A Call to ActionWhile the controversy over Honokahua split Hawaiians and archaeologists, their mutual concerns over SHPD have brought them together.
“Hawaiians and archaeologists are working together, when they used to be on opposing sides of the fence,” says Kehau Abad, a member of the Oahu Island Burial Council who is both a Hawaiian practitioner and an archaeologist. “Archaeologists have come a long way in understanding that Hawaiian ways of thinking don’t have to undermine what we do. And archaeology, done respectfully, helps Hawaiian causes.”
Three years ago, Hawaiian advocates formed a group called the Friends of the Burial Sites Program to press Gov. Linda Lingle to fix SHPD. The Society of Hawaiian Archaeology, under its president Thomas Dye, has also signed on. The coalition has met repeatedly with members of Lingle’s Cabinet, who have promised to address SHPD’s staffing crisis.
But the problems at SHPD have only gotten worse under the management of Chinen, they say. “They’ve lost 22 people—qualified, degreed professionals who are the lifeblood of the organization,” Dye says. “The division managed to keep up a certain level of staffing until about three years ago, when the current administrator took over. Since that time, it’s been a revolving door.”
Other organizations have since stepped up to join the pleas of the Friends of the Burial Sites Program. Last August, the Oahu Island Burial Council urged the Lingle administration to reform SHPD. The Hawaii Island Burial Council has also thrown its support behind the call for change. Senators such as Jill Tokuda say they plan to take a closer look at the problems at SHPD in the upcoming legislative session.
With mounting concern on all sides, so deep that it’s united former adversaries, there is tremendous pressure on the governor to intervene. But advocates say that Lingle hasn’t even come close to rescuing SHPD. “That’s just sad and bewildering,” Ayau says. “I don’t know what else the Hawaiian or archaeological community can do.”
In July, Lingle appointed attorney Laura H. Thielen as interim chairwoman of the Department of Land and Natural Resources, after senators ousted Peter Young. Thielen is a former Board of Education member who also headed the state Office of Planning.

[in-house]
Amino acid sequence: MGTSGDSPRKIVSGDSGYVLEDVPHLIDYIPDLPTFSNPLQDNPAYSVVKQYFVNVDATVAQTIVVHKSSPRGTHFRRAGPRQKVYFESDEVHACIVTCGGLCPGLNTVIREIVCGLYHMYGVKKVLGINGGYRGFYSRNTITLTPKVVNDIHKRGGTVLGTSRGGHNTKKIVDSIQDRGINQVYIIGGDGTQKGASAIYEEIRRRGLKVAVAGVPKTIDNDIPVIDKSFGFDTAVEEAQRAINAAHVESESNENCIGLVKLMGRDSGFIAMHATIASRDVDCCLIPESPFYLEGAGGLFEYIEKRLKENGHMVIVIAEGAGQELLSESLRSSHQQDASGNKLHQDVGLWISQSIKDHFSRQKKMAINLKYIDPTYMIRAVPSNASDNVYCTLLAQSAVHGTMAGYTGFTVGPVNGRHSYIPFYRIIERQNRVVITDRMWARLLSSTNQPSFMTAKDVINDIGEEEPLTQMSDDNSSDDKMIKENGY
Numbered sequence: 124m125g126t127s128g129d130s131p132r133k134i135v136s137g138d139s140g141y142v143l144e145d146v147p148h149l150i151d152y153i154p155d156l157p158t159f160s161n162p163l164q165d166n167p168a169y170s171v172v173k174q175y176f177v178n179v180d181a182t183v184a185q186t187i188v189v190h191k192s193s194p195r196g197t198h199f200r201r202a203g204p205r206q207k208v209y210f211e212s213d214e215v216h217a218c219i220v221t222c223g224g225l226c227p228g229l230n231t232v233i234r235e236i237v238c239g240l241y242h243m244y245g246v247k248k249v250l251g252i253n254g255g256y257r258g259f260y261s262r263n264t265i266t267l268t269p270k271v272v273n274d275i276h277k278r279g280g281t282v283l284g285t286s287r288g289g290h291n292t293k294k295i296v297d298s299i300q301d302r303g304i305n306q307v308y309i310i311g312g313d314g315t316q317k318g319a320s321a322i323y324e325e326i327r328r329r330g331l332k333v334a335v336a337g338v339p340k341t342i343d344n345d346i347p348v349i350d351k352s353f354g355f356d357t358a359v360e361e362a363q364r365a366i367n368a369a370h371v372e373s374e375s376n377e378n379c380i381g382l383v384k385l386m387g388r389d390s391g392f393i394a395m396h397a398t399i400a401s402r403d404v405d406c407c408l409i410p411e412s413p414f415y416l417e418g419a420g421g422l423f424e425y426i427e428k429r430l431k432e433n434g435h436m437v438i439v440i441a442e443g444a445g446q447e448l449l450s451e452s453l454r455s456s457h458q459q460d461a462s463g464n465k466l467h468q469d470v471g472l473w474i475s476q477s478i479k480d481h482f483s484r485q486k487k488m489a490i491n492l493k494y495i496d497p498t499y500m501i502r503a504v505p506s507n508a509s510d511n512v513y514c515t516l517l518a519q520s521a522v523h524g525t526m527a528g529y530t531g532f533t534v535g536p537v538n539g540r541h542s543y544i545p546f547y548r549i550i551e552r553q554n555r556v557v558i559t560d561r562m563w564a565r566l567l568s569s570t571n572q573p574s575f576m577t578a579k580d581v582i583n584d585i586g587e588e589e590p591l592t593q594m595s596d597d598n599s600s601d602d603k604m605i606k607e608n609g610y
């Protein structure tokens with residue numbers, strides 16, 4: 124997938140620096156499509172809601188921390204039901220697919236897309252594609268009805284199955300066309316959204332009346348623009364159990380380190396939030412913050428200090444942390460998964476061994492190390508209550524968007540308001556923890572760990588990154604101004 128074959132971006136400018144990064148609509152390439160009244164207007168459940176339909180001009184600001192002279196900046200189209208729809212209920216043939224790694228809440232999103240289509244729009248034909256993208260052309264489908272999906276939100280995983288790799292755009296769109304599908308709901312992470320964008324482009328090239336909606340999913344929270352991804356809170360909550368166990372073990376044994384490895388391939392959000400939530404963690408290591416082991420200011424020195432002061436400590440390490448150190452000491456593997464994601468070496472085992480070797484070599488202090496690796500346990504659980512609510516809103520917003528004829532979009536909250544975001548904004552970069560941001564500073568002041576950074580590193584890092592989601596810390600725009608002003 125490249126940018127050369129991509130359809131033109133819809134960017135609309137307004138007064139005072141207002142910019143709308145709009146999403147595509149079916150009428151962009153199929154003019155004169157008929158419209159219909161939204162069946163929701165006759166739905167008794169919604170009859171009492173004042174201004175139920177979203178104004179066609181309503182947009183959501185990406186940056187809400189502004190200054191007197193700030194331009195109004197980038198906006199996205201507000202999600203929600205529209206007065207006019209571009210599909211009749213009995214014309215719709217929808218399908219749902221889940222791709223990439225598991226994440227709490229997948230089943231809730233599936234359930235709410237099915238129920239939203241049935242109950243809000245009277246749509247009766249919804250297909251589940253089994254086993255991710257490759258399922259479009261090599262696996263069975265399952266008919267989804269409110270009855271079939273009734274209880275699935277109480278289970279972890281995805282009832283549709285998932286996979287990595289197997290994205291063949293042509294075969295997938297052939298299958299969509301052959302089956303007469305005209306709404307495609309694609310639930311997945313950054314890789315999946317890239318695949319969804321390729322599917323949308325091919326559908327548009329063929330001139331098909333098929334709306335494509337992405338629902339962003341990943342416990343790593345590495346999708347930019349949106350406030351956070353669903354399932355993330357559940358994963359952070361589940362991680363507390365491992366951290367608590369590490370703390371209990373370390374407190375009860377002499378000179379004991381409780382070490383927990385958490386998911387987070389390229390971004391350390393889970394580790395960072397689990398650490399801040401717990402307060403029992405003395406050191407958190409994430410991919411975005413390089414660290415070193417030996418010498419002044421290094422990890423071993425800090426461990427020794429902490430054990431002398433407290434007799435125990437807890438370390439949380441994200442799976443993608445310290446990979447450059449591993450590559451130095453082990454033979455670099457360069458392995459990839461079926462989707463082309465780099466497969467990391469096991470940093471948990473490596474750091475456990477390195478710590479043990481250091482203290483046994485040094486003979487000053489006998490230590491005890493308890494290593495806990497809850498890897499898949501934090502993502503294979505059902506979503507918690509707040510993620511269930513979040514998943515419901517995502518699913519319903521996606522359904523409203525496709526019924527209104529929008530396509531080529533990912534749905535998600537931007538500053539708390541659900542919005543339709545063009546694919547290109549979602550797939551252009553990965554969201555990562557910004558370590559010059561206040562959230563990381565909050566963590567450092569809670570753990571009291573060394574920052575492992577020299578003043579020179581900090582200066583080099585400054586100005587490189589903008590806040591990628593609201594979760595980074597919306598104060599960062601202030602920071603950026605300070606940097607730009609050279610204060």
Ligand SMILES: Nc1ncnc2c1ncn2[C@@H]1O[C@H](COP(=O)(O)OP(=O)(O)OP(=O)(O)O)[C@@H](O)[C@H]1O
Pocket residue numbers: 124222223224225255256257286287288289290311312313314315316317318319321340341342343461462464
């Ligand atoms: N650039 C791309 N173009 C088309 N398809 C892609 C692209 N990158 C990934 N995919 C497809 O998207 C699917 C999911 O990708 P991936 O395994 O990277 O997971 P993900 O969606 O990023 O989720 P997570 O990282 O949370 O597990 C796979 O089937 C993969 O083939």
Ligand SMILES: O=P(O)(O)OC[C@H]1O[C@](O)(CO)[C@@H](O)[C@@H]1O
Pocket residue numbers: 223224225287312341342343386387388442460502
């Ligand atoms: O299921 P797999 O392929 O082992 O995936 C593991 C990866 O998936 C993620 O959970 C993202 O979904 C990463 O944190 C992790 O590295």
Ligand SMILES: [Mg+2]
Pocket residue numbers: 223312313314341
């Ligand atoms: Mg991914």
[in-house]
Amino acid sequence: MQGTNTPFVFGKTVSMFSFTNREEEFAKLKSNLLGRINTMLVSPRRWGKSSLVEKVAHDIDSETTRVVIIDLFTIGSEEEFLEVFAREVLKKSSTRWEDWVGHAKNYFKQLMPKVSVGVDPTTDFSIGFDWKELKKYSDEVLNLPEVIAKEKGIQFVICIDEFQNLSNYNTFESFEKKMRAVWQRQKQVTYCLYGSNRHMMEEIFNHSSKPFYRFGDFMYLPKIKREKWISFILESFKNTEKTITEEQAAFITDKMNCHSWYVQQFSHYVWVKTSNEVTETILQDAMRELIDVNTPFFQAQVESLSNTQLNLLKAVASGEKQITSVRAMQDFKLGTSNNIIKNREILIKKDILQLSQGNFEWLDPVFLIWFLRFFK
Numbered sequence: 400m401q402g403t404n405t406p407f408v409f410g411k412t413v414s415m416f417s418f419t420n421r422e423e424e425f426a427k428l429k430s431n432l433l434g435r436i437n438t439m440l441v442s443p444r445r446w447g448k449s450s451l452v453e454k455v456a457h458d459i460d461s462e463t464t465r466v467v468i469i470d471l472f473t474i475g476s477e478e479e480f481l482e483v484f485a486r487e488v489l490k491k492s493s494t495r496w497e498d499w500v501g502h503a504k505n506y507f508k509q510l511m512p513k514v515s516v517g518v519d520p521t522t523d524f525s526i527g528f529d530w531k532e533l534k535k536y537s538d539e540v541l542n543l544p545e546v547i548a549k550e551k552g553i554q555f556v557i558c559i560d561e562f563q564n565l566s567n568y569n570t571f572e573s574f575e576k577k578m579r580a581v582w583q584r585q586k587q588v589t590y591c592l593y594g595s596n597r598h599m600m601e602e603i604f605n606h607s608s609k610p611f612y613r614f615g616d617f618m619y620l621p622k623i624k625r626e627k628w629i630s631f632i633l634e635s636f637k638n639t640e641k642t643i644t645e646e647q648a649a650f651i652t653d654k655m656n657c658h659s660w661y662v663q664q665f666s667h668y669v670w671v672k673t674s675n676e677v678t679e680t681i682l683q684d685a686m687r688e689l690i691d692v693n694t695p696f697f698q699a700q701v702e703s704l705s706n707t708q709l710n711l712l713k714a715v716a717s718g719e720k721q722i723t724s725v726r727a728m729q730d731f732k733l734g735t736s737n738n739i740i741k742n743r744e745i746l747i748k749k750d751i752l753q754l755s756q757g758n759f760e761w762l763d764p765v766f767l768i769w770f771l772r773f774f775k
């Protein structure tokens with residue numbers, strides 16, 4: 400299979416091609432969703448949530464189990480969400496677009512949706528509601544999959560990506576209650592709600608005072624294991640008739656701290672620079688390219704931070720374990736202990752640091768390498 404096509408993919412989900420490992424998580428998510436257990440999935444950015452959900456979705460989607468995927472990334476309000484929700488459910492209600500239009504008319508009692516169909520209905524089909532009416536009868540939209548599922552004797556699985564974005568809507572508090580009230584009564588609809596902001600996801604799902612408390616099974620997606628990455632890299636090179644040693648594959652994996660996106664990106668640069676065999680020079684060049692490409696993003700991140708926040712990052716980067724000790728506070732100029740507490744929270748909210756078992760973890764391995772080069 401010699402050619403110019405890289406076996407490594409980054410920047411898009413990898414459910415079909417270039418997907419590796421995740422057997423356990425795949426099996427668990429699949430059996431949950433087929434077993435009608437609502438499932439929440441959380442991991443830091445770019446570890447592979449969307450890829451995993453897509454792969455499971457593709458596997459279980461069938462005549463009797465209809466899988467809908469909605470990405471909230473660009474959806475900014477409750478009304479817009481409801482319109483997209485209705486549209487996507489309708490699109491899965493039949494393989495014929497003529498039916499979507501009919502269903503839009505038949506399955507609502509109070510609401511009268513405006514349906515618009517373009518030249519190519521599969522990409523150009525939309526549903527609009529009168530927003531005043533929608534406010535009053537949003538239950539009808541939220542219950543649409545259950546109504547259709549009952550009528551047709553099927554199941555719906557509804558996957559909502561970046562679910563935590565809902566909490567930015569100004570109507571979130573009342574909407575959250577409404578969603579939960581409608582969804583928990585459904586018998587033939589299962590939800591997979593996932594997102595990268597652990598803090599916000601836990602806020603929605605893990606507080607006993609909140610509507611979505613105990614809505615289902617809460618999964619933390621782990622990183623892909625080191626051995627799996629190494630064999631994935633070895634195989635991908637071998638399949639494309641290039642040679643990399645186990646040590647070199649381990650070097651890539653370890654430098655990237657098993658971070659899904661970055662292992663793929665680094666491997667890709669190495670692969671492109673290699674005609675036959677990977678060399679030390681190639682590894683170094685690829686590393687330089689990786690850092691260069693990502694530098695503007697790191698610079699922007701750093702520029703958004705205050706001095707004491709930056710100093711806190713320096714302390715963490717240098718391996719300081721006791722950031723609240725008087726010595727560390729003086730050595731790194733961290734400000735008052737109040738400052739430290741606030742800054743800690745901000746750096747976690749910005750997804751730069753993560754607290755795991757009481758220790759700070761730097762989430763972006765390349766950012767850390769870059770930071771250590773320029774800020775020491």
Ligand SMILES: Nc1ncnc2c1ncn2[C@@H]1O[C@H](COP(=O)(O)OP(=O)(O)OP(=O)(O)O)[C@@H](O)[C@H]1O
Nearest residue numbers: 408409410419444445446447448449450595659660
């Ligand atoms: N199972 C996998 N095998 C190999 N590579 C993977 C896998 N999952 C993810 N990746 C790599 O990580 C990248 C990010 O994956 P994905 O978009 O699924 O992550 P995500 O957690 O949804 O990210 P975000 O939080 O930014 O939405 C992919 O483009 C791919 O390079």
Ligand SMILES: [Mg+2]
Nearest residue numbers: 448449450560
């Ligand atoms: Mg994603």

“I don’t know what this group expects,” says Thielen. She has already acknowledged that the high turnover is one of her biggest concerns at the department. “I’ve spoken frequently with the governor on this topic. The governor has asked to be kept apprised of the progress. She’s paying attention to it.”
Thielen echoes many of Chinen’s explanations for the staffing situation and other problems at the division. These are many of the same issues SHPD has dealt with in the past, she says. Now, she’s considering new ways to tackle them, she says, which includes “broadening” the qualifications for employees and privatizing some of the archaeological positions, although she knows there would be resistance to outsourcing regulatory jobs.
“We can always do things better, no matter how things are run,” Thielen says. “I think we’re heading in the right direction.”
Those are empty words for people who’ve invested three years in bringing the problems at SHPD to light. “They are so far from having things under control,” says Moses Haia, attorney for the Native Hawaiian Legal Corp. “The administration is just sticking its head in the ground. There’s no way they’re going to catch up.”
Nearly 20 years ago, the State Historic Preservation Division was created to guard Hawai‘i’s heritage in the face of rapid development. Today, blue-glass towers stripe the skyline in Kakaako, luxury resorts sprawl across the Big Island’s Kona coast and new multimillion-dollar developments are announced nearly every month. As Hawaii moves forward, many people rely on SHPD to ensure that the state brings enough of the past with it.
That’s why the division needs to work, Haia says. “Hawaii had a history before there was Western contact, and that history is provided in the landscape for these Islands,” he says. “If most people truly believe that’s what makes Hawai‘i a great place to live and what brings people here, why isn’t the state protecting it?”
|BATTLE OVER BONES|